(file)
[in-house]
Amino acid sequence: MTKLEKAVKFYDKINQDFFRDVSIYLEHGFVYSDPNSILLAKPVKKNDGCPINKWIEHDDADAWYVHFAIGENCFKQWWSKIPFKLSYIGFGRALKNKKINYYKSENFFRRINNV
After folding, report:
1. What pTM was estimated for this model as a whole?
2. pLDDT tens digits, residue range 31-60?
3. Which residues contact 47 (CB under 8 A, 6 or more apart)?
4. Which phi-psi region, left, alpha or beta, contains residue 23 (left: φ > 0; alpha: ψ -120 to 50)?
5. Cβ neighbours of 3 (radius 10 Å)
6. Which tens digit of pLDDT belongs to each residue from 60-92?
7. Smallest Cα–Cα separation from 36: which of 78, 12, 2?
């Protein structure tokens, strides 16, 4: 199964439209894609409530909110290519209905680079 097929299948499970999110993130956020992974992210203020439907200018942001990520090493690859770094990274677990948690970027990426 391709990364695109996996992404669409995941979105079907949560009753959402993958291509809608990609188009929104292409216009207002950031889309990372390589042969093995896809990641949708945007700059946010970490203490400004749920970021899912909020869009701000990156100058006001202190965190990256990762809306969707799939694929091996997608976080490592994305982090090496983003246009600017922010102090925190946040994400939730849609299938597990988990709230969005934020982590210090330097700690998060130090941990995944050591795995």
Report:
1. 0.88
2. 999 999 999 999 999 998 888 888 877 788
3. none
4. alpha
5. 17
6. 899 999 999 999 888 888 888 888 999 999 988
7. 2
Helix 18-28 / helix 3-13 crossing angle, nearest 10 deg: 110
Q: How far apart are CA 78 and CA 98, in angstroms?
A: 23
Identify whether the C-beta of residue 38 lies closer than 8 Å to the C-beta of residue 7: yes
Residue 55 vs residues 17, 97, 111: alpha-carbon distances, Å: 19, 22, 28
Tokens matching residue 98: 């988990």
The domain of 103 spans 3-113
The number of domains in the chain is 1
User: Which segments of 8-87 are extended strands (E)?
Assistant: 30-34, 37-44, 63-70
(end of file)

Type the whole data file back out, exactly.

[in-house]
Amino acid sequence: MTKLEKAVKFYDKINQDFFRDVSIYLEHGFVYSDPNSILLAKPVKKNDGCPINKWIEHDDADAWYVHFAIGENCFKQWWSKIPFKLSYIGFGRALKNKKINYYKSENFFRRINNV
After folding, report:
1. What pTM was estimated for this model as a whole?
2. pLDDT tens digits, residue range 31-60?
3. Which residues contact 47 (CB under 8 A, 6 or more apart)?
4. Which phi-psi region, left, alpha or beta, contains residue 23 (left: φ > 0; alpha: ψ -120 to 50)?
5. Cβ neighbours of 3 (radius 10 Å)
6. Which tens digit of pLDDT belongs to each residue from 60-92?
7. Smallest Cα–Cα separation from 36: which of 78, 12, 2?
């Protein structure tokens, strides 16, 4: 199964439209894609409530909110290519209905680079 097929299948499970999110993130956020992974992210203020439907200018942001990520090493690859770094990274677990948690970027990426 391709990364695109996996992404669409995941979105079907949560009753959402993958291509809608990609188009929104292409216009207002950031889309990372390589042969093995896809990641949708945007700059946010970490203490400004749920970021899912909020869009701000990156100058006001202190965190990256990762809306969707799939694929091996997608976080490592994305982090090496983003246009600017922010102090925190946040994400939730849609299938597990988990709230969005934020982590210090330097700690998060130090941990995944050591795995």
Report:
1. 0.88
2. 999 999 999 999 999 998 888 888 877 788
3. none
4. alpha
5. 17
6. 899 999 999 999 888 888 888 888 999 999 988
7. 2
Helix 18-28 / helix 3-13 crossing angle, nearest 10 deg: 110
Q: How far apart are CA 78 and CA 98, in angstroms?
A: 23
Identify whether the C-beta of residue 38 lies closer than 8 Å to the C-beta of residue 7: yes
Residue 55 vs residues 17, 97, 111: alpha-carbon distances, Å: 19, 22, 28
Tokens matching residue 98: 């988990």
The domain of 103 spans 3-113
The number of domains in the chain is 1
User: Which segments of 8-87 are extended strands (E)?
Assistant: 30-34, 37-44, 63-70